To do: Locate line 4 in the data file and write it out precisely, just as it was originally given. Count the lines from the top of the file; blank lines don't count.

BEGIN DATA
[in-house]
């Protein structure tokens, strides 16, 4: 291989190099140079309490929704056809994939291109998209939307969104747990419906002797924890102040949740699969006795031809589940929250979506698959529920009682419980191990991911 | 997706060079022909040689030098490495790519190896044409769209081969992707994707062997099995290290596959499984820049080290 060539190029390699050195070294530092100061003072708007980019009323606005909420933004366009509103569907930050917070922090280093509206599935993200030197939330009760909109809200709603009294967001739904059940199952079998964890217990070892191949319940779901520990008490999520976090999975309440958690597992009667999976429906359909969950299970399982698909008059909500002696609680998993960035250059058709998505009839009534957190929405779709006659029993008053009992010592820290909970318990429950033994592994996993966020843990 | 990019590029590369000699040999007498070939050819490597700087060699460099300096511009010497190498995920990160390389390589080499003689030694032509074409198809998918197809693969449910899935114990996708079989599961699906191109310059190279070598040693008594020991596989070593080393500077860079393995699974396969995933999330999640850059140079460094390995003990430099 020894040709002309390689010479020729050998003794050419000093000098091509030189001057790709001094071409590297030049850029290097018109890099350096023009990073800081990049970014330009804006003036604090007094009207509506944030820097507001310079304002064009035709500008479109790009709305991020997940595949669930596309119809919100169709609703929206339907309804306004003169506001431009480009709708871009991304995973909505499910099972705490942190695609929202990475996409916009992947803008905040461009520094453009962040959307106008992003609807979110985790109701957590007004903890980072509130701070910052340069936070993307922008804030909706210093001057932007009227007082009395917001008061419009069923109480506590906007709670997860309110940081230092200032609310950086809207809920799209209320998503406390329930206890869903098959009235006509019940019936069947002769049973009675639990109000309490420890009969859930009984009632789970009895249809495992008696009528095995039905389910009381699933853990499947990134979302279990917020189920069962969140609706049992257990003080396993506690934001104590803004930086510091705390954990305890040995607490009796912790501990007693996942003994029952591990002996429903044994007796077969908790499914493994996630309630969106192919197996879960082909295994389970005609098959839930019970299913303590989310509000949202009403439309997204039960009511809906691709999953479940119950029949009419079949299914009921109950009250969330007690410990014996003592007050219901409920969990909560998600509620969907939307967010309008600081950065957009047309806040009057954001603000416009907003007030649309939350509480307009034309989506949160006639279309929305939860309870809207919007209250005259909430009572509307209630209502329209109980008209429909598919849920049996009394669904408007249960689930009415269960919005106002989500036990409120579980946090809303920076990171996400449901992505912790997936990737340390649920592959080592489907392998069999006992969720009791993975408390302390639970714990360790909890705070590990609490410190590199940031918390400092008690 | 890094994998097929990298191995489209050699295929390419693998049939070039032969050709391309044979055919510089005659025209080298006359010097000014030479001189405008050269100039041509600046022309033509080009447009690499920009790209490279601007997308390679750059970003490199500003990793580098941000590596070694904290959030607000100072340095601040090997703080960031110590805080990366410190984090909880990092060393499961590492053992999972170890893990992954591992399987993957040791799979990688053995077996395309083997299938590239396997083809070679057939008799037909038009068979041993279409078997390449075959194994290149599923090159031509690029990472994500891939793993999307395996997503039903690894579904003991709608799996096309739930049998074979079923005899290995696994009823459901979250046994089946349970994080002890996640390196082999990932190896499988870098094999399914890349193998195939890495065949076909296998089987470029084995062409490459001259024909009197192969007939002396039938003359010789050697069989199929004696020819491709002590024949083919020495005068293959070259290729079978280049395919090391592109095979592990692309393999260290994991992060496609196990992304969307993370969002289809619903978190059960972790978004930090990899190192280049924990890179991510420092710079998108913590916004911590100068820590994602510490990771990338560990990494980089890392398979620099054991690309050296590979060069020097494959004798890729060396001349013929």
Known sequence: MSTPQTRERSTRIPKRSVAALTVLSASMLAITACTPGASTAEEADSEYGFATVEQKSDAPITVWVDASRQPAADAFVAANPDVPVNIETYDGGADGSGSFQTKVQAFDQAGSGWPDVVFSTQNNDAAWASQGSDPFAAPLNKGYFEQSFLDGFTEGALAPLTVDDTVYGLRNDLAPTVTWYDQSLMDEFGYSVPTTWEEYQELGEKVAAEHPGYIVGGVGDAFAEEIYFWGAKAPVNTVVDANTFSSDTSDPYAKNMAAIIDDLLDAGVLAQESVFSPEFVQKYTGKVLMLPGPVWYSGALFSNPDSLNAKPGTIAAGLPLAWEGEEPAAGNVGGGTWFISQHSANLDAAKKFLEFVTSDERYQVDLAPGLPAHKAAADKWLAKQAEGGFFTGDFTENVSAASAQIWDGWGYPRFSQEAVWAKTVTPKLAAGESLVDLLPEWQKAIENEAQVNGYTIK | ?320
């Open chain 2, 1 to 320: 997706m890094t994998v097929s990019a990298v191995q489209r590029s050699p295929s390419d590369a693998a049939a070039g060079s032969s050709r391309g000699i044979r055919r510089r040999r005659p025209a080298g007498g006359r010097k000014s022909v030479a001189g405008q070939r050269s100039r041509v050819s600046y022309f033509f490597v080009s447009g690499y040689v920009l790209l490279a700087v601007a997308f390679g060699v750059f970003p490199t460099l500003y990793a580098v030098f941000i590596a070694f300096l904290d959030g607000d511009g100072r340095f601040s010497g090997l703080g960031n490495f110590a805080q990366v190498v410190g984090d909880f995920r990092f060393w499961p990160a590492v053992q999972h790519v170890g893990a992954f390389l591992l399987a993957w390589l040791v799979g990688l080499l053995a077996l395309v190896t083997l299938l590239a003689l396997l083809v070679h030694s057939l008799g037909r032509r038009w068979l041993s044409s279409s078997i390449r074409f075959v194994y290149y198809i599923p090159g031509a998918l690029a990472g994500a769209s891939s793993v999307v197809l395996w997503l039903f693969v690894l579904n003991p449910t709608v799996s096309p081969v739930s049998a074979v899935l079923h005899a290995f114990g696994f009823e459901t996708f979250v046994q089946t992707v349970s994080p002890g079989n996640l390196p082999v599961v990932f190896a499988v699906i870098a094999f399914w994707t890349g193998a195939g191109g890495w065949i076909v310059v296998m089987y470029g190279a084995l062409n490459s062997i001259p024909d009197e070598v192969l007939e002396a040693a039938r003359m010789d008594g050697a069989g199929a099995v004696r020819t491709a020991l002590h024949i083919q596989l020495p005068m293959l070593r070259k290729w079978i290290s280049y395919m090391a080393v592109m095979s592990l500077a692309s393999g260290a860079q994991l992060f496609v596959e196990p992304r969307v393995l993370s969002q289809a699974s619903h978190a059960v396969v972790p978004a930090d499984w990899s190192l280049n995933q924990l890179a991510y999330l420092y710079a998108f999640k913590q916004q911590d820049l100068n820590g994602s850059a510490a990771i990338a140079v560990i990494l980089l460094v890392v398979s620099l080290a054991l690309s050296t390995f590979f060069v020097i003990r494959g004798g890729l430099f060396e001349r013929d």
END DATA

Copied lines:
């Open chain 2, 1 to 320: 997706m890094t994998v097929s990019a990298v191995q489209r590029s050699p295929s390419d590369a693998a049939a070039g060079s032969s050709r391309g000699i044979r055919r510089r040999r005659p025209a080298g007498g006359r010097k000014s022909v030479a001189g405008q070939r050269s100039r041509v050819s600046y022309f033509f490597v080009s447009g690499y040689v920009l790209l490279a700087v601007a997308f390679g060699v750059f970003p490199t460099l500003y990793a580098v030098f941000i590596a070694f300096l904290d959030g607000d511009g100072r340095f601040s010497g090997l703080g960031n490495f110590a805080q990366v190498v410190g984090d909880f995920r990092f060393w499961p990160a590492v053992q999972h790519v170890g893990a992954f390389l591992l399987a993957w390589l040791v799979g990688l080499l053995a077996l395309v190896t083997l299938l590239a003689l396997l083809v070679h030694s057939l008799g037909r032509r038009w068979l041993s044409s279409s078997i390449r074409f075959v194994y290149y198809i599923p090159g031509a998918l690029a990472g994500a769209s891939s793993v999307v197809l395996w997503l039903f693969v690894l579904n003991p449910t709608v799996s096309p081969v739930s049998a074979v899935l079923h005899a290995f114990g696994f009823e459901t996708f979250v046994q089946t992707v349970s994080p002890g079989n996640l390196p082999v599961v990932f190896a499988v699906i870098a094999f399914w994707t890349g193998a195939g191109g890495w065949i076909v310059v296998m089987y470029g190279a084995l062409n490459s062997i001259p024909d009197e070598v192969l007939e002396a040693a039938r003359m010789d008594g050697a069989g199929a099995v004696r020819t491709a020991l002590h024949i083919q596989l020495p005068m293959l070593r070259k290729w079978i290290s280049y395919m090391a080393v592109m095979s592990l500077a692309s393999g260290a860079q994991l992060f496609v596959e196990p992304r969307v393995l993370s969002q289809a699974s619903h978190a059960v396969v972790p978004a930090d499984w990899s190192l280049n995933q924990l890179a991510y999330l420092y710079a998108f999640k913590q916004q911590d820049l100068n820590g994602s850059a510490a990771i990338a140079v560990i990494l980089l460094v890392v398979s620099l080290a054991l690309s050296t390995f590979f060069v020097i003990r494959g004798g890729l430099f060396e001349r013929d």